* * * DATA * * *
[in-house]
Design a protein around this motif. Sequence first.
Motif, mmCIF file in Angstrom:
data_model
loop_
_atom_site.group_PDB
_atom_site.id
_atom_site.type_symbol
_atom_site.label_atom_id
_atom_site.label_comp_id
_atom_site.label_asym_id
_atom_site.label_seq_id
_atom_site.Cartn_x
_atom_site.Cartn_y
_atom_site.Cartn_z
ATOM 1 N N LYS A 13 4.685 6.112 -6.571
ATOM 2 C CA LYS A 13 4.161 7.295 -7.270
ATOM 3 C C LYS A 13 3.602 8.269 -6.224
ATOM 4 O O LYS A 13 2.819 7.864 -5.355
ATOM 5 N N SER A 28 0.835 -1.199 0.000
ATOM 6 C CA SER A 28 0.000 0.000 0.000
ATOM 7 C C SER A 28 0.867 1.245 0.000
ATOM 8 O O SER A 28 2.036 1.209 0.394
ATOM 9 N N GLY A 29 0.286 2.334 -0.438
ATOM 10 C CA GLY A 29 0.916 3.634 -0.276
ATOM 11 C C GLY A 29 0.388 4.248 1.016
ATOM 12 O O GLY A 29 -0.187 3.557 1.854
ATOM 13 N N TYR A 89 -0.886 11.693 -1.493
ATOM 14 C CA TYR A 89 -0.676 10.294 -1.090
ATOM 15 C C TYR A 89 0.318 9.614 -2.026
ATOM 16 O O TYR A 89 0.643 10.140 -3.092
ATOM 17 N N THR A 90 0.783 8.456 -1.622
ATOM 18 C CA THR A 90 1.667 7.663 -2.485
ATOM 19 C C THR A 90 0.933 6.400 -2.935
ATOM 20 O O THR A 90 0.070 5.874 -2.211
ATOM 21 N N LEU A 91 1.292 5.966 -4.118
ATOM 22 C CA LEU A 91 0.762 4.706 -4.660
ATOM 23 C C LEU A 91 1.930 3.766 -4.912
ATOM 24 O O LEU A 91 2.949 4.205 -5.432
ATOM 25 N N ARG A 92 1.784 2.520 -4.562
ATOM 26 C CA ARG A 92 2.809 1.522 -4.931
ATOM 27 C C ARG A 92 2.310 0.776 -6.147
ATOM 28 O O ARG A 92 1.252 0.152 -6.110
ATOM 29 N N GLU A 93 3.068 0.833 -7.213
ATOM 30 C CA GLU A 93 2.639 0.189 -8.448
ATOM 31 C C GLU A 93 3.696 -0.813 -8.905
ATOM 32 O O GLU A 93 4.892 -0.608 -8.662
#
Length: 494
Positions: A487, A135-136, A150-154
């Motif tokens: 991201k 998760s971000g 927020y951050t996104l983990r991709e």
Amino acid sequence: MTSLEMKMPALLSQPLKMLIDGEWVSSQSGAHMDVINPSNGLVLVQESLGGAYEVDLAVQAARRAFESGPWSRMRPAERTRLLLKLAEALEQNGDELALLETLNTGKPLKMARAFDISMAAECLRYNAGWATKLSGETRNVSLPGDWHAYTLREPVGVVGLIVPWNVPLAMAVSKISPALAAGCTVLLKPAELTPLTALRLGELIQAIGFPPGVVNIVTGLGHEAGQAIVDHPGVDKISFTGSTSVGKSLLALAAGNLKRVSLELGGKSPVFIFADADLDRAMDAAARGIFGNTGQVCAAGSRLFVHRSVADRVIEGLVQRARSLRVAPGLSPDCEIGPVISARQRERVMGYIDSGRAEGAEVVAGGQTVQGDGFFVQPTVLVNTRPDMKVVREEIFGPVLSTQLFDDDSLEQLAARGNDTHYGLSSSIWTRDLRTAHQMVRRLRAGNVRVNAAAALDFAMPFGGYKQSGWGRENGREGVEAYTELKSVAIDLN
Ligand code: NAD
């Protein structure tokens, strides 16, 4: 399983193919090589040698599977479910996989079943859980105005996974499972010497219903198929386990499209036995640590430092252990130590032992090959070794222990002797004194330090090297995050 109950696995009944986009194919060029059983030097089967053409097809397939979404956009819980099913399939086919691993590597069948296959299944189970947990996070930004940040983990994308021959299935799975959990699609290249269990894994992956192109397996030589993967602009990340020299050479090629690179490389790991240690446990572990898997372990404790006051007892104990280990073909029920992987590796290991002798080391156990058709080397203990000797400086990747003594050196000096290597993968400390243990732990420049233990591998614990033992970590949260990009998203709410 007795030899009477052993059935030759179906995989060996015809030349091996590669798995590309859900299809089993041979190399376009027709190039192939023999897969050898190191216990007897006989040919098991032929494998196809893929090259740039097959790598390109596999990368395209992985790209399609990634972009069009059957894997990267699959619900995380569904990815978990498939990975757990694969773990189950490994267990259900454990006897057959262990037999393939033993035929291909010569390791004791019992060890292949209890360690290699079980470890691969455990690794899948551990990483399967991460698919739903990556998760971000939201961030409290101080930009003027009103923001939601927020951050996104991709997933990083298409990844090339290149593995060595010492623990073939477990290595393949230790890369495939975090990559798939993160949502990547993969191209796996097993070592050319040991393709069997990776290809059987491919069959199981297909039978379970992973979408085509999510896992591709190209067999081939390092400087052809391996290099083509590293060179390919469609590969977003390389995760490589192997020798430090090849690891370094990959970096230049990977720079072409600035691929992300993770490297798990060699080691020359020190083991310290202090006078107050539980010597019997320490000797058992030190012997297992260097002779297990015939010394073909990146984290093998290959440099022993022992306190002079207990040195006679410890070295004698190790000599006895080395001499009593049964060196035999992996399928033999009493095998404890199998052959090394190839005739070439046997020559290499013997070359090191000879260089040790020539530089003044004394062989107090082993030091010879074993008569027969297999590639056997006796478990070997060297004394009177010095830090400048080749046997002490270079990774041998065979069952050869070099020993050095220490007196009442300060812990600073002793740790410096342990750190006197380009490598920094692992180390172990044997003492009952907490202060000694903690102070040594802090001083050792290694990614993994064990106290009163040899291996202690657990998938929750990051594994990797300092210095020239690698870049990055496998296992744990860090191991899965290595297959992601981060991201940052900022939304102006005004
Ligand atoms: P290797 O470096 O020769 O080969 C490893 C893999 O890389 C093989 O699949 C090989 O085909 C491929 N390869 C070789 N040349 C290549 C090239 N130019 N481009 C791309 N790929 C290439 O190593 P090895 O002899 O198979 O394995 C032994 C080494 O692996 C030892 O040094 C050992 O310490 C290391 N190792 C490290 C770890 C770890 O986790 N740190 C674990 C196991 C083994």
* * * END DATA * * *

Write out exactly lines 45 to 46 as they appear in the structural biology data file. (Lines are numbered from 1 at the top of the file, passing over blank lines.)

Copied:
ATOM 30 C CA GLU A 93 2.639 0.189 -8.448
ATOM 31 C C GLU A 93 3.696 -0.813 -8.905